Little House on the Fjord

Today I found a picture from my trip to Norway some years ago and thought it might make a nice painting. It’s of a fjord not far from my Grandma’s house. In the corner there’s a glacier atop the mountain.

Here are the process pictures:

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I’m still trying to get a handle on the medium of gouache. It’s interesting to work with it after painting with oils, which never seem to dry fast enough. With gouache, the paints start drying as soon as I put them on the palette! But I’m learning.

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I also tried a technique called “limited pallet” where you only use a few colors for the whole painting. I heard it’s supposed to challenge you to mix more colors instead of using them right from the tube, and leads to a more cohesive painting. Overall I’m pretty happy with the way it turned out and I think in the future I’ll try an ultra-limited palette just to see what will happen!

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Father’s Day Painting

For Father’s Day this year I painted my father and grandpa a mountain scene. I’m starting to realize that the only gift I really give my parents/other relatives is art. XD I don’t know what to say other than that it is convenient.

Here are my process pictures:

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I started with an underpainting like usual.

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My materials

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Then I painted over the underpainting and realized that it may have been too thick because all of the paint was blending. There was no way I could get the whites white enough without mixing it with the other layers, so I had to wait for it to dry first.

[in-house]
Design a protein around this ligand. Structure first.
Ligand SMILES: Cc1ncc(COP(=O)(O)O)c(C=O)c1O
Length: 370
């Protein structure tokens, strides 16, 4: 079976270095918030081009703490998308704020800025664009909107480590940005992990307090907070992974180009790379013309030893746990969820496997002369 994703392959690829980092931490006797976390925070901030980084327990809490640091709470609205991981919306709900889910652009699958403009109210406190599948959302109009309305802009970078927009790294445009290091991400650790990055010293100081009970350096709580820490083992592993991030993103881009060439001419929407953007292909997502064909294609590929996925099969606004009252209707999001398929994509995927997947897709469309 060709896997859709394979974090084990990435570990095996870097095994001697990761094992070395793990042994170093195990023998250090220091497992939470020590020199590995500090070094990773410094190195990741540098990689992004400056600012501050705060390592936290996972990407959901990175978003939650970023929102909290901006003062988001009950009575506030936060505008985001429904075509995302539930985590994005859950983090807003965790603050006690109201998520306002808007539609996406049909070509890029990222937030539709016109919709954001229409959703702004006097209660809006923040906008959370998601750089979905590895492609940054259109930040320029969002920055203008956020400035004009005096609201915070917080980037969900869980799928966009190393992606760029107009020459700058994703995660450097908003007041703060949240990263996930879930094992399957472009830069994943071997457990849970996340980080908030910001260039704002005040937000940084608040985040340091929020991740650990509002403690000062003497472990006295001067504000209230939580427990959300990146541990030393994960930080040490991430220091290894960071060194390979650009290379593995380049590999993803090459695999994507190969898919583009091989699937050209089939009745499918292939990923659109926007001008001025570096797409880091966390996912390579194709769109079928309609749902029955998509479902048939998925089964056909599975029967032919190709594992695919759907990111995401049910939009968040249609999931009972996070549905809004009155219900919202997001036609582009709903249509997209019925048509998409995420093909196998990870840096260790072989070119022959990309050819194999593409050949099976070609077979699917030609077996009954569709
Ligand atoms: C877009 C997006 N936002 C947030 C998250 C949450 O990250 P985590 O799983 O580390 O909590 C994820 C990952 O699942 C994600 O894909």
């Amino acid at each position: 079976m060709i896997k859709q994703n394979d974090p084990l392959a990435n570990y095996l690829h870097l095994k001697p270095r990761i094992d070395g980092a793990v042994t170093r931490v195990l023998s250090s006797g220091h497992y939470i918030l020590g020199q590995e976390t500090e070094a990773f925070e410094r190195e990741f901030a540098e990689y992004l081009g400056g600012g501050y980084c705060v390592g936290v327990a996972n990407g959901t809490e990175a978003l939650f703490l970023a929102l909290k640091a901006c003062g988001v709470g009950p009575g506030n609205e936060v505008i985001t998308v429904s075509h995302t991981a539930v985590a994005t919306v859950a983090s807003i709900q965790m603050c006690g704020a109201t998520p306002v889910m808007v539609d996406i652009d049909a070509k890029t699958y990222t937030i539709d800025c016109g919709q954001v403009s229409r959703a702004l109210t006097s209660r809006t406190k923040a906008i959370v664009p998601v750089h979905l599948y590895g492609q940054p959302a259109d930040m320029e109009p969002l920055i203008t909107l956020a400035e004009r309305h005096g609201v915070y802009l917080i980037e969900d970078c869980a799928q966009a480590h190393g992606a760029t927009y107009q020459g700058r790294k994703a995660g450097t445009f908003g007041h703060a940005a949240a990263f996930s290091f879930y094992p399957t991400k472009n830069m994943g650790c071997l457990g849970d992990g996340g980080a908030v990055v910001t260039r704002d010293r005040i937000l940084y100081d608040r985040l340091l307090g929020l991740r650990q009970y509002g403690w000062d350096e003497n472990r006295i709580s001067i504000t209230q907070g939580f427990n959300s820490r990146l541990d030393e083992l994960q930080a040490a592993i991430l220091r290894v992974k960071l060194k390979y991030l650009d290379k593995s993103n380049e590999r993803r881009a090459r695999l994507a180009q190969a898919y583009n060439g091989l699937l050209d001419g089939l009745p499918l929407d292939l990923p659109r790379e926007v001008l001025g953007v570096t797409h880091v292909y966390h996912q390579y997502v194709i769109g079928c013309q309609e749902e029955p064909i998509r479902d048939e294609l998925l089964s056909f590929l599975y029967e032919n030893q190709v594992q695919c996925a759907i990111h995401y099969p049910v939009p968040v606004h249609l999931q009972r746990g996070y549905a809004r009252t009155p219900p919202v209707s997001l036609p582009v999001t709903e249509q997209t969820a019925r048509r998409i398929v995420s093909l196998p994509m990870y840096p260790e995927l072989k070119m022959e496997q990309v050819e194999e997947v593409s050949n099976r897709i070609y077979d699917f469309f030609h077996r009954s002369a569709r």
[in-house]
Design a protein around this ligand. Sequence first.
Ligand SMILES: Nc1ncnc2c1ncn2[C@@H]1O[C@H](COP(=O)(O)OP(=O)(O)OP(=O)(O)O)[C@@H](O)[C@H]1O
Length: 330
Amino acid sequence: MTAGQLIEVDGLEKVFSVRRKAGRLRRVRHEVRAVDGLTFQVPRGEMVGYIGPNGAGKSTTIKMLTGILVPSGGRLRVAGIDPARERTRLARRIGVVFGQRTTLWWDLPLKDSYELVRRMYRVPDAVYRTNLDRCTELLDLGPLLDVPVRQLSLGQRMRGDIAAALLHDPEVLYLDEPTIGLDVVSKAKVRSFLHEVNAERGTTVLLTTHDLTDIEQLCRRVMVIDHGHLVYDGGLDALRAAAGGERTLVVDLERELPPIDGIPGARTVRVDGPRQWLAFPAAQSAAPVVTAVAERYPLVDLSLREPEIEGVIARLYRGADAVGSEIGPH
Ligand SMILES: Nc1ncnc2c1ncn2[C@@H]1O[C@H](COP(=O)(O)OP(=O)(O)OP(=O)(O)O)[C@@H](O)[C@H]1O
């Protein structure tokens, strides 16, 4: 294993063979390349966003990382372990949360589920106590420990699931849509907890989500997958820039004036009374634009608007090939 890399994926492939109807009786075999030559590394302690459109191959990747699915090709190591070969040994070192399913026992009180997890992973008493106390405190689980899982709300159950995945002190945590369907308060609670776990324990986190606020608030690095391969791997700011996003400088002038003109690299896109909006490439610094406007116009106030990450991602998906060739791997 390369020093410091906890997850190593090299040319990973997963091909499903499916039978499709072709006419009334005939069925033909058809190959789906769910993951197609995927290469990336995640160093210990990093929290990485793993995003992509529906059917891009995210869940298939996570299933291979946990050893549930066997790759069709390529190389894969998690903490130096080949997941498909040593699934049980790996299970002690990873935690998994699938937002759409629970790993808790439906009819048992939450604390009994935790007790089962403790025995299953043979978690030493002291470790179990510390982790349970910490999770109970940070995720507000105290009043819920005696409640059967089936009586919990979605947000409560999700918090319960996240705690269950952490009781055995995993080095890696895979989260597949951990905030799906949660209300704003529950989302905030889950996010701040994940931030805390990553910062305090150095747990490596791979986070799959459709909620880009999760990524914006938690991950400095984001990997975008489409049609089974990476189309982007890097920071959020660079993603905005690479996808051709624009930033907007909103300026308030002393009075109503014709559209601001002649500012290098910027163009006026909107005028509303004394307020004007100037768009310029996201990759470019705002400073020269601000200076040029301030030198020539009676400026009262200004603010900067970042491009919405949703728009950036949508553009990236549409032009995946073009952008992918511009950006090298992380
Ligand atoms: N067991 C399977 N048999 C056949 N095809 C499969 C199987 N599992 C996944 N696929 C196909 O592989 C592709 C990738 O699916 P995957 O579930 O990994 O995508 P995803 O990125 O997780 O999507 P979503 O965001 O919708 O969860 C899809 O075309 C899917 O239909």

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After about a week, I started working on it again, starting with the clouds. Then I moved on to the mountains and trees. Sorry about the weird lighting in these pictures.

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And here is the finished product!

This was so far the biggest painting I have ever done, at 24 x 36”. It definitely took longer than any other.

It was also the first time I’ve let a painting dry before finishing it. Usually I would paint wet-on-wet, but I’m happy with how it turned out.

I’m excited to try some plein air painting for the first time this weekend! Wish me luck. 😀

Late Night Painting

So I just finished painting a birthday present for my dad:

Burfjord Painting

Since his birthday is right around the corner and I didn’t really have enough time to buy him something nice, I ended up painting him a scene from our recent trip to Norway. XD I always end up waiting too long to get gifts.

Anyway, here’s the photo that I used as reference:

Norway photo

I’d never really painted with oils before, so some parts of the process were a bit difficult. I’ve been painting with acrylics for years, and one of the biggest differences between the two mediums is the drying time.

Acrylic, a water-based paint, can dry in a matter of minutes. Oil paint, on the other hand, can take one or more days to dry. This means that it’s easy to blend colors on the canvas, soften edges, and even rework previously done sections. However, this also causes some difficulty when trying to layer colors on top of one another.

Here is my painting process:

First I found a color for the sky and tested it out on the canvas. As I went along, I drew up a simple sketch using the blue paint. Some people do this with pencil or they create an “underpainting”. An underpainting is a monotone sketch in paint that people use to figure out values before filling in color. I didn’t have enough time to do this, so I just went right into painting the scene.